1. Fuel discount is extended
The automatic ‘at-the-pump’ discount on fuel was set to drop to 10 cents per litre from November 1 (before being stopped at the end of the year) but the higher rate has been extended.
The recent shortage of fuel due to strike action at refineries in October has compelled the government to extend the 30 cent discount per litre for another 15 days, up to and including November 14.
In addition, TotalEnergies’ 20-cent-per-litre discount has also been extended and will last until mid-November too, before dropping to 10 cents.
2. Winter tyre rules apply but no fines yet
From November 1, vehicles driving in mountainous areas should be equipped with winter tyres or snow chains.
This is because of the Loi Montagne, which applies to 48 French departments until March 31.
The law came into effect last year and this was due to be the first winter that €135 fines were levied for non-compliance, following an initial grace period.
However, the Ministry of Transport confirmed to RMC on Friday (October 28) that the grace period has now been extended until at least the end of the year.
While police will continue checks for the sake of informing drivers, no financial penalties will apply.
Eligible departments can choose to implement the Loi Montagne across their whole area, only in certain communes or not at all. You can find out more about the specific communes affected here.
Exceptions to the rule are cars fitted with studded tyres, but otherwise the law applies to all vehicles including vans, buses and lorries. It applies to tourists, visitors and residents.
Cars, camper vans and vans can either use four winter tyres or, failing this, carry fabric socks or metal snow chains in their boot.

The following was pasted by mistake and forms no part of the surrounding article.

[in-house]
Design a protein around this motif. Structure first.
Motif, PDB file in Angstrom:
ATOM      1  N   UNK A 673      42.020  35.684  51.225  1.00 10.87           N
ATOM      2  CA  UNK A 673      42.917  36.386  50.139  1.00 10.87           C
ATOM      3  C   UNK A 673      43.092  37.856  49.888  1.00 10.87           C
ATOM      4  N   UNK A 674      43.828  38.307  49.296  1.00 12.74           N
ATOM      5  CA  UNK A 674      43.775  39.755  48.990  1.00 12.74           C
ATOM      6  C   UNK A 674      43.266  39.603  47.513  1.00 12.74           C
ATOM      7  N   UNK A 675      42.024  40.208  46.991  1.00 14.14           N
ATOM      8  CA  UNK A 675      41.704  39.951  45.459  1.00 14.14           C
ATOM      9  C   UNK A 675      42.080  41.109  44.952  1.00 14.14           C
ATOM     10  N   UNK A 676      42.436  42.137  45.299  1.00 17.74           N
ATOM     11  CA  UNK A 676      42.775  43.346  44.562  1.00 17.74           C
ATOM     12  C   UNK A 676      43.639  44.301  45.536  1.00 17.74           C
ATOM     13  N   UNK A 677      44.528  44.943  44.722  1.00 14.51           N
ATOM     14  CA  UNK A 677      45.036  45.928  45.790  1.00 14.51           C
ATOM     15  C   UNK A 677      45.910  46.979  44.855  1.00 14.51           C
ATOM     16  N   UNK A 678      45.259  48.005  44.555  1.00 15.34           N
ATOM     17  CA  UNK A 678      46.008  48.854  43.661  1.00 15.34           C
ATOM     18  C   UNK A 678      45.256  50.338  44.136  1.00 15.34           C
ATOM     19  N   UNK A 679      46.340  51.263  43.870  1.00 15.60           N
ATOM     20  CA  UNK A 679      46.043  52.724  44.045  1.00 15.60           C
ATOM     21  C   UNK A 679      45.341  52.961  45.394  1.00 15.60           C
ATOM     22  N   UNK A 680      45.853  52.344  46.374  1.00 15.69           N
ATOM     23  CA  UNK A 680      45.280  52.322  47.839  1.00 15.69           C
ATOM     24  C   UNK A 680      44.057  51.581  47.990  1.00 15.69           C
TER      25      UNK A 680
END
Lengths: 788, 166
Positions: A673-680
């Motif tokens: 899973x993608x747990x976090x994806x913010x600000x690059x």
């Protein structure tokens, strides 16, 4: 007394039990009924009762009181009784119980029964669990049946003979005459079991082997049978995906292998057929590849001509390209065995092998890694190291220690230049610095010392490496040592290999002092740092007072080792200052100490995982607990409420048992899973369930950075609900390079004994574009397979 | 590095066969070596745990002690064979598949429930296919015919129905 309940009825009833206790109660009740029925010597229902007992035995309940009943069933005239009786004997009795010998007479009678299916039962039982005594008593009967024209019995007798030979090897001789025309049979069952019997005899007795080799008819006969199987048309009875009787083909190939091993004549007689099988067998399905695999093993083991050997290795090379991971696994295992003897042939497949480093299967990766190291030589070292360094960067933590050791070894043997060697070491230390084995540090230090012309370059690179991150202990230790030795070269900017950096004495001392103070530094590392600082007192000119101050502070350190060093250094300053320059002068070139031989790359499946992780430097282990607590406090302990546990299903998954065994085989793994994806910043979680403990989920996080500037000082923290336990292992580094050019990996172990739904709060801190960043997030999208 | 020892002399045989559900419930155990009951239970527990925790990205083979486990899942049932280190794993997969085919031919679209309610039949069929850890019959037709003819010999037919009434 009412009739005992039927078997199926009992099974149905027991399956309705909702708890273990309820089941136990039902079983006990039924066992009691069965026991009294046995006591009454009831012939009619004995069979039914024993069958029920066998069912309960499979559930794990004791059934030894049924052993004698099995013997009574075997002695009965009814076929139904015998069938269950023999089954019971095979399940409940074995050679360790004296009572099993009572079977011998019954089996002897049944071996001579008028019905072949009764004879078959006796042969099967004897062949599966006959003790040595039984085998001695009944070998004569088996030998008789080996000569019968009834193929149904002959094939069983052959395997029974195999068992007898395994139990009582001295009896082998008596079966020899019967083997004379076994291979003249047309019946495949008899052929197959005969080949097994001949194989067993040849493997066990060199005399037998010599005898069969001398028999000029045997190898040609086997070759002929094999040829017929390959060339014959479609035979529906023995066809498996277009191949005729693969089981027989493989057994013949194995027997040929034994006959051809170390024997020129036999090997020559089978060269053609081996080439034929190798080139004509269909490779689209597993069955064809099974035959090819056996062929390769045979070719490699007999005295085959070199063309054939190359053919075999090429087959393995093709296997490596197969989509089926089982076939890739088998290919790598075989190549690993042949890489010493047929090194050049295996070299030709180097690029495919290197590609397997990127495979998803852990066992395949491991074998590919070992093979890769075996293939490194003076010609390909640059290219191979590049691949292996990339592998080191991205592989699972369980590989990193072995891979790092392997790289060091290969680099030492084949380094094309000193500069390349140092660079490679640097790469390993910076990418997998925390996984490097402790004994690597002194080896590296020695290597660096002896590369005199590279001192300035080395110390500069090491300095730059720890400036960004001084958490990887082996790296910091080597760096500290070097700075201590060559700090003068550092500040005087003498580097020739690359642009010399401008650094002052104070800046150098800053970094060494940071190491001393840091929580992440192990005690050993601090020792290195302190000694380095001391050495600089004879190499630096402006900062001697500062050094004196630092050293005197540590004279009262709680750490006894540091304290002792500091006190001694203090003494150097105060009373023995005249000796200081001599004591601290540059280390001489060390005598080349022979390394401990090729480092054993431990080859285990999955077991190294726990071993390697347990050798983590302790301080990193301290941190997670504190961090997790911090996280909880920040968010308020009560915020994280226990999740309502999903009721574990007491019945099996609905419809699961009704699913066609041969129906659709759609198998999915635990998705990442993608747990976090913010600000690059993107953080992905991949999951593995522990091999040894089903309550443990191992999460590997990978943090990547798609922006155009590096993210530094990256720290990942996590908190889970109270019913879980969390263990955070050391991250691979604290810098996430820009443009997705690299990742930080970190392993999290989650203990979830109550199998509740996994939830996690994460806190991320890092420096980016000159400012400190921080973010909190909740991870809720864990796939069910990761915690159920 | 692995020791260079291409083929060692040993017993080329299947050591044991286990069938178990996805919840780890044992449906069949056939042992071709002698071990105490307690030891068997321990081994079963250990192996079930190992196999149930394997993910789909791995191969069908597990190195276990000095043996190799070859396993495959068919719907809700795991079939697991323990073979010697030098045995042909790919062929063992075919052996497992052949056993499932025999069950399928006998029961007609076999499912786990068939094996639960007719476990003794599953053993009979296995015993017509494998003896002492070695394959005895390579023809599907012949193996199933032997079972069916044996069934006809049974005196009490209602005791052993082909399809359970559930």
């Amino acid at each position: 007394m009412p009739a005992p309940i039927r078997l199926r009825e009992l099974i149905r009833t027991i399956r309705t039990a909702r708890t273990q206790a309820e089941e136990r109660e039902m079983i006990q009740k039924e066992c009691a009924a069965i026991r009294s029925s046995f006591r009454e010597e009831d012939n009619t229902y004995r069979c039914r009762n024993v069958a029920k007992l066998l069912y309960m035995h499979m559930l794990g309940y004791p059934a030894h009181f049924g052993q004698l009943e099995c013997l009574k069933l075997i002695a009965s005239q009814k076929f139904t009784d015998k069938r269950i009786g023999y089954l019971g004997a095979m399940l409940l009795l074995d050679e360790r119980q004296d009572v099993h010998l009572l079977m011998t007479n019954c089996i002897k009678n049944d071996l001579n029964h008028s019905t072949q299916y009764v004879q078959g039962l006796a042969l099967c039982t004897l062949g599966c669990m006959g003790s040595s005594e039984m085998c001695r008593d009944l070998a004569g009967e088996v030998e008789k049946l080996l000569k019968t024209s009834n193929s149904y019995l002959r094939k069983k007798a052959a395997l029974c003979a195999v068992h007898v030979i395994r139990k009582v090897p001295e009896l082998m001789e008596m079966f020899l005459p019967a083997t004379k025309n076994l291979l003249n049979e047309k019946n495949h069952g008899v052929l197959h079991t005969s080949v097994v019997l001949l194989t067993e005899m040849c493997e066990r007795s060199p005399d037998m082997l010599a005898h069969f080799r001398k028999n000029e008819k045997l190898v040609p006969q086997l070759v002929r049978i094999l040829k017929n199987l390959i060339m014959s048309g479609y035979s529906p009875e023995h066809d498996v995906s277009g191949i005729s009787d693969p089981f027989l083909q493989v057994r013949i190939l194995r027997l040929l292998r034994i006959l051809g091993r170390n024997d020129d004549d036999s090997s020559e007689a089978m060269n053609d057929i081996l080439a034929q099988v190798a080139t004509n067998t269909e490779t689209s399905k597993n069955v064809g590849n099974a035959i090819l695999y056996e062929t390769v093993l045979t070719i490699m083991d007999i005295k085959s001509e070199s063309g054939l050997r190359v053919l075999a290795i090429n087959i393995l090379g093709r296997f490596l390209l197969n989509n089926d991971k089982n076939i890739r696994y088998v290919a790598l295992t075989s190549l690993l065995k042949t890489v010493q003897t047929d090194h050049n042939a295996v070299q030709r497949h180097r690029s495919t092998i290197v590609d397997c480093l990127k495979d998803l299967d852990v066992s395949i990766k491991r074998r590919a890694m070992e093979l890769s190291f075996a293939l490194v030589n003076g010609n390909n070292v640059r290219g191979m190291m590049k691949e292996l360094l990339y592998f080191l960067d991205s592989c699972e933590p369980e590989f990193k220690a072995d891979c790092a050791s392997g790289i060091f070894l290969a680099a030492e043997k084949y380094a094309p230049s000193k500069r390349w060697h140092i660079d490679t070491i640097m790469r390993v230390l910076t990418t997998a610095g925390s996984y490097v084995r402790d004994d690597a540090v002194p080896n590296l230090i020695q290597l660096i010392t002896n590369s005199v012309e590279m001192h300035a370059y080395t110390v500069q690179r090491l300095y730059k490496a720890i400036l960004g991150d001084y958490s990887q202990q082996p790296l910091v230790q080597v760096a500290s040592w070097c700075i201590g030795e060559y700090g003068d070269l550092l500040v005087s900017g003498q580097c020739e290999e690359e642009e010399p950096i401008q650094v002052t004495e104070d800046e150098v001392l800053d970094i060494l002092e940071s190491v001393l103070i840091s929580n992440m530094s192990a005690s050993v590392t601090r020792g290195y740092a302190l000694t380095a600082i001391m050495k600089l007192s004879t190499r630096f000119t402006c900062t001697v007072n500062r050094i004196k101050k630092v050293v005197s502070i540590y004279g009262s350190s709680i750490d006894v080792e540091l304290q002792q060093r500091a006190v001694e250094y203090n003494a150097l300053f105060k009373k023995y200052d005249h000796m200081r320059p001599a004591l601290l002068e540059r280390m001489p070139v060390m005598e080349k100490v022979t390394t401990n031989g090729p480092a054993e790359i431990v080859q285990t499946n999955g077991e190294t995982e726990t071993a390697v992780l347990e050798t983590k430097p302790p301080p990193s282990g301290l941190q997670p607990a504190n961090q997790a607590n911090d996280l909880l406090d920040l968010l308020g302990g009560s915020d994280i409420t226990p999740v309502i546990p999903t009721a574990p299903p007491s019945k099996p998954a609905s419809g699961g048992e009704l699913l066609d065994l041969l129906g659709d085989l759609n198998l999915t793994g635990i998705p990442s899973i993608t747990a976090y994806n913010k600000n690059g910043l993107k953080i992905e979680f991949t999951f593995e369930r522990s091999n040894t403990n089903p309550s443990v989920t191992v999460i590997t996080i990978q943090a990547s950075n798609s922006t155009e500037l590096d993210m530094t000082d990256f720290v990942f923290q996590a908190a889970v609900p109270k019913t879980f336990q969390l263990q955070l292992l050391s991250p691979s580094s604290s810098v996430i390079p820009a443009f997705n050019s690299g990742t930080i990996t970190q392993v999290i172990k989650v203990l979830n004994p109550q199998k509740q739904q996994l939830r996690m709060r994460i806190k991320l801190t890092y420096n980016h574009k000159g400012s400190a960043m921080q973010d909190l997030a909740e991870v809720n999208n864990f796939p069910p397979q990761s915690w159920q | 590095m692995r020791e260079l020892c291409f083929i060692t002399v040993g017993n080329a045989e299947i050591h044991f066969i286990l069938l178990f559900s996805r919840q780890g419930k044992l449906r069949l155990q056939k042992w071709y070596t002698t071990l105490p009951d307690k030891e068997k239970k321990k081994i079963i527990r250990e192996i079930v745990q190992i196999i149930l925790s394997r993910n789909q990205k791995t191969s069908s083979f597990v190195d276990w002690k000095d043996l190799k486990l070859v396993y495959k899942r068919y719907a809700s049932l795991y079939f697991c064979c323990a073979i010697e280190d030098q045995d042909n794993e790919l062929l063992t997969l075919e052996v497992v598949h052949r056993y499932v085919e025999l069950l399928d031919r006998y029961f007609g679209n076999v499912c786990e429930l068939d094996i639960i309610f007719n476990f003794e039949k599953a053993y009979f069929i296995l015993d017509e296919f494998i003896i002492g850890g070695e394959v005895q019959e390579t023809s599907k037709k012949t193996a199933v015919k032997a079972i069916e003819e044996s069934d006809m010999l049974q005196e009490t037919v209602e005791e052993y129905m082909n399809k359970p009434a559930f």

3. Yonne department reverts to 90km/h
As of November 7, some roads in Yonne (Bourgogne-Franche-Comté) will revert back from 80km/h to a 90km/h speed limit.
The decision was taken by the departmental council despite advice to the contrary from France’s Road Safety Commission.
However, the change applies to a minority of roads in the department and only 10% (approximately 450km) of those currently at 80km/h will go back to 90km/h.
Yonne’s decision means almost half of departments have now raised speed limits on all or some of their roads, four years after an 80km/h limit was controversially imposed nationwide on many secondary roads, except dual carriageways, in June 2018.
In December 2019, after an outcry, departments were given the power to return to the original limit if they so chose.
4. Driving test booking available online nationwide
It is now possible to book your practical driving test slot online, no matter where you live in France.
The online reservation system started being rolled out in March 2020, but only in certain departments.
As of November 1, however, it is possible to access the system nationwide via a government platform.
The system aims to make it easier to book appointments and discourage absenteeism, which should cut waiting times.
No-shows without a valid reason will see candidates forced to wait 40 days before they can take a new test.
If you fail your test, re-booking times will be dependent on how well you performed the previous time. Those with better scores will have shorter waits.
Candidates who are affiliated with a driving school can use the driving school’s login details to access the site, and pick a time and date slot with their instructor.
Those doing it on their own – candidats libres – will have to first create an account. You will be able to choose the examination centre, date and time slot of your choice. You must also declare that you will be accompanied on the day of the test by someone with a French driving licence (Permis B) and provide a car with dual controls.
5. Winter diesel different approach
Some service stations start offering special ‘winter diesel’ (diesel grand froid), capable of withstanding temperatures down to -15C and -20C from November 1.
However, the general fuel shortage and unseasonably warm weather will see a different approach this month.
Rather than being sold at separate pumps, the winter diesel, which is enhanced with additives to prevent it from gelling in cold weather conditions, will be mixed with conventional diesel.
The measure should relieve pressure on fuel supplies which are still under strain in several areas.
In the event of a drop in temperatures, affected service stations will have to inform their customers of the type of fuel available for sale, so motorists know whether it is suitable.